Okinawa Times claimed in its top story this morning that a source connected with both the U.S. and Japanese governments has told the paper in response to a joint inquiry from Okinawa Times and Kyodo News that the GSDF and U.S. Marines reached a “secret agreement” in 2015 on a plan to station the GSDF’s amphibious rapid deployment brigade at the Futenma Replacement Facility to be constructed at Henoko. The paper alleged the Ground Staff Office started discussions on the plan with the Marines in 2012 by sending senior members to Camp Schwab for onsite surveys and that then-GSDF Chief of Staff Iwata and then-Okinawa Area Coordinator Nicholson reached an agreement on the plan in 2015. The paper wrote that the plan has been temporarily frozen because there was concern within the GOJ that the plan, if disclosed, would invite further criticism from Okinawa. The paper also wrote that there was criticism within the Ministry of Defense that the plan, for which the ministry’s official approval had not been obtained, ran counter to “civilian control of the SDF.”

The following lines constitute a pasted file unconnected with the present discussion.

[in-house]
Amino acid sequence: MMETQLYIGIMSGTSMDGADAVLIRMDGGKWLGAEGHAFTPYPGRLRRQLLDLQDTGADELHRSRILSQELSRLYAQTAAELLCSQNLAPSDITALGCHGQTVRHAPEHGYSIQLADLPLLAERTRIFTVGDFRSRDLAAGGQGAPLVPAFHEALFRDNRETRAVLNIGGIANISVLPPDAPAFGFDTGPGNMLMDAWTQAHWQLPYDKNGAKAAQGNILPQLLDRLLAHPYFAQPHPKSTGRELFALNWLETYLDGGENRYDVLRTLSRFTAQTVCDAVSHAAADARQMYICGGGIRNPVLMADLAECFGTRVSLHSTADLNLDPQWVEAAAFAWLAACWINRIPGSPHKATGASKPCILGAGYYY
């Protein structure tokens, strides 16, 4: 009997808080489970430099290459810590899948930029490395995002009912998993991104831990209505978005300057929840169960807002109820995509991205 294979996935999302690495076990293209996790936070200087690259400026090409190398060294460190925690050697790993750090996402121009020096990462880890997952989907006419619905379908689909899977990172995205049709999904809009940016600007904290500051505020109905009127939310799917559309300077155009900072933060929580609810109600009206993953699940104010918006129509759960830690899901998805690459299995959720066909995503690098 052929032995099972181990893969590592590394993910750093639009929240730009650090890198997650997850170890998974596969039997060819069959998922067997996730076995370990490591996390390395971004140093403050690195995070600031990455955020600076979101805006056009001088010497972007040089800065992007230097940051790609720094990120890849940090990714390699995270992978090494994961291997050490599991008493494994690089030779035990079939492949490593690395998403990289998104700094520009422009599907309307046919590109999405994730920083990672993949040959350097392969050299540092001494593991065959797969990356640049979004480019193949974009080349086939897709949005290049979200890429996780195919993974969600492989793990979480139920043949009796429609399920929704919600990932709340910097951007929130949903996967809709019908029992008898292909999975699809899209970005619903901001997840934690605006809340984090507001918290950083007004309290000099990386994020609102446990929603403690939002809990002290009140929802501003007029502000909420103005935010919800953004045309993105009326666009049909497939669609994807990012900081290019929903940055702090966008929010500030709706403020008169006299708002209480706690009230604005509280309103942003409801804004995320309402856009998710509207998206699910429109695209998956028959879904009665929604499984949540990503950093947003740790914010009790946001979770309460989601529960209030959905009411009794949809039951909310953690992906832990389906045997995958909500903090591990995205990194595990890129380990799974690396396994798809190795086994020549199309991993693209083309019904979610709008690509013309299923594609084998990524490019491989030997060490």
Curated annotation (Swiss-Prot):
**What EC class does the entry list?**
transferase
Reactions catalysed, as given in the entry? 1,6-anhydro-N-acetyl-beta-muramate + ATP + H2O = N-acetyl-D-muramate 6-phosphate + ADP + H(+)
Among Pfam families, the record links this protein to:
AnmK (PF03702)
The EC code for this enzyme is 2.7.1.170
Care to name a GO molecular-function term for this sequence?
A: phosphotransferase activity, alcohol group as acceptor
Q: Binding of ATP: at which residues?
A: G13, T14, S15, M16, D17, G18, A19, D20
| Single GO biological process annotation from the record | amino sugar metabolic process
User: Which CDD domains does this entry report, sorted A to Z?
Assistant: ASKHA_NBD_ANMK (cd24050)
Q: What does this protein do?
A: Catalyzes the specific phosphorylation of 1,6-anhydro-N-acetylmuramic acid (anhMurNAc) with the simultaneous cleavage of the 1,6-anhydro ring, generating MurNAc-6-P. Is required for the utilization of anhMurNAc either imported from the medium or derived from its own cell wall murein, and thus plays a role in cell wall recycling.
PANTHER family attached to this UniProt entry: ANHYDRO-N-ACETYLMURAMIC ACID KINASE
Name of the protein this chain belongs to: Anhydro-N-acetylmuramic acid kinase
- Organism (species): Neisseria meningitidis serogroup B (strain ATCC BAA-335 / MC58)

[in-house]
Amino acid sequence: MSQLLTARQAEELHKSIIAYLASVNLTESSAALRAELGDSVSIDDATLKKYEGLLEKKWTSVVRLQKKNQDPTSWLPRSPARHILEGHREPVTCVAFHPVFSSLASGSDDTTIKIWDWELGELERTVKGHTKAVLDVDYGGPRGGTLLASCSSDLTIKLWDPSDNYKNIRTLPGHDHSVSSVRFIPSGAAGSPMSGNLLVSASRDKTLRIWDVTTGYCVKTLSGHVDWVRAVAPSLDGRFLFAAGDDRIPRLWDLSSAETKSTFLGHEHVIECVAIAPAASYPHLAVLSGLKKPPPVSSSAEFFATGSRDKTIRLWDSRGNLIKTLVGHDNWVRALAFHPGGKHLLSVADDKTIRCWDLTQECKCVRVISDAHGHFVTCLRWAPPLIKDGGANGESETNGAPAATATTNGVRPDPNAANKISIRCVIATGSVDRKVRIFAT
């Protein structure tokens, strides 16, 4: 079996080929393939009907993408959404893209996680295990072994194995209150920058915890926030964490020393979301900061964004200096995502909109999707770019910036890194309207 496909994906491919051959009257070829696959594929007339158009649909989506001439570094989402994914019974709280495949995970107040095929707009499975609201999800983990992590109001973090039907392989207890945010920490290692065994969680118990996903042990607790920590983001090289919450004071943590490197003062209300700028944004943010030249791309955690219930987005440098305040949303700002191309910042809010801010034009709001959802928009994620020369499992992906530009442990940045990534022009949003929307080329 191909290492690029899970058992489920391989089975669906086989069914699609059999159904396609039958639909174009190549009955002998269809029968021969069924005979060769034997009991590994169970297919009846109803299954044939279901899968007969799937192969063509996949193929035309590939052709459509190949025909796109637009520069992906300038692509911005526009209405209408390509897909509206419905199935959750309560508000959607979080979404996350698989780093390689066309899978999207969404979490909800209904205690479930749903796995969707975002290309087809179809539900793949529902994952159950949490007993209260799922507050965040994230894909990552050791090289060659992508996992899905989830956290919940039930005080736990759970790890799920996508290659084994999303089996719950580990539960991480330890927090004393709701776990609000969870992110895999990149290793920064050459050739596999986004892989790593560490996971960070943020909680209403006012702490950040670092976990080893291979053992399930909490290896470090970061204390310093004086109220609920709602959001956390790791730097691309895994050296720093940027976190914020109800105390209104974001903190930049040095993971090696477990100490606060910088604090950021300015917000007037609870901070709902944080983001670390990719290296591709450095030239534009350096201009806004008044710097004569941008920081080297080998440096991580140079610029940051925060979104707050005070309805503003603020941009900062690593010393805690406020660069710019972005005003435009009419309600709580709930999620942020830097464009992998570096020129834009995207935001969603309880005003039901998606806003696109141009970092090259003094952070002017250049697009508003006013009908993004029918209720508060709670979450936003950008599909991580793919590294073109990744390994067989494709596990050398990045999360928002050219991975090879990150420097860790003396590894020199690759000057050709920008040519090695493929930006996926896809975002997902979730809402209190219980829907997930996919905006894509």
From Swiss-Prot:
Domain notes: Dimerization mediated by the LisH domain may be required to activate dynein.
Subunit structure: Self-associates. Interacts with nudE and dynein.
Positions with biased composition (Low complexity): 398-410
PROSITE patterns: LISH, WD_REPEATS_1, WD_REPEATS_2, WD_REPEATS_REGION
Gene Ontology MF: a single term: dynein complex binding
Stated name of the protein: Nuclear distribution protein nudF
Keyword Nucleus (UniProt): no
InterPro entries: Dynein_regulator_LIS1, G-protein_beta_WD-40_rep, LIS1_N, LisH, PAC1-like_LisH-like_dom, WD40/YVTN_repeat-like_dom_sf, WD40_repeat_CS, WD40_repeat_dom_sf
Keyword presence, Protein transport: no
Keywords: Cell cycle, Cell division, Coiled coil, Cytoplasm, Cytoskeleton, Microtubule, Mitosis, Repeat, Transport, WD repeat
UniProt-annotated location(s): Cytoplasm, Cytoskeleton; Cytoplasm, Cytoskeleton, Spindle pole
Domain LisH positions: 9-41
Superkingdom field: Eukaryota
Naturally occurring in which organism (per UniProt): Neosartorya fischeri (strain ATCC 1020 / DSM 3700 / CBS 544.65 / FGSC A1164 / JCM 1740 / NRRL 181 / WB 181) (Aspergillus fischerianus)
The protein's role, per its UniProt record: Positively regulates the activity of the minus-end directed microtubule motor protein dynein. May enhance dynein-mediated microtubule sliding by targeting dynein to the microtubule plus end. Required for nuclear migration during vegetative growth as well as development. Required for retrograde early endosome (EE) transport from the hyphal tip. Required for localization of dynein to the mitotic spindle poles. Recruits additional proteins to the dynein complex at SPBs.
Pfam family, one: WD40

The paper argued that although the GOJ has explained that the new base will be constructed for use by the U.S. military, it will likely become a core facility for promoting joint operations by the two forces if it is used by both the SDF and Marines. The paper speculated that local opposition will escalate because the plan would lead to a major upgrade and permanent use of the new base.
However, the paper also wrote that multiple officials of the defense ministry have denied the existence of the “secret agreement” by saying they have no knowledge of and that the ministry is not considering such a plan at present. One of the military officials reportedly said that although the ministry is planning to deploy a third amphibious unit in Kyushu in the end of fiscal 2023, there is no plan to deploy such a unit in Okinawa. Another senior ministry official reportedly said that although the ministry had studied the idea, it did not reach an agreement to deploy the unit at Henoko. The official reportedly added that it is necessary to conclude an agreement between the governments of the United States and Japan to jointly use a facility and that he does not understand what the “secret agreement” indicates.
Ryukyu Shimpo gave top play to a similar report.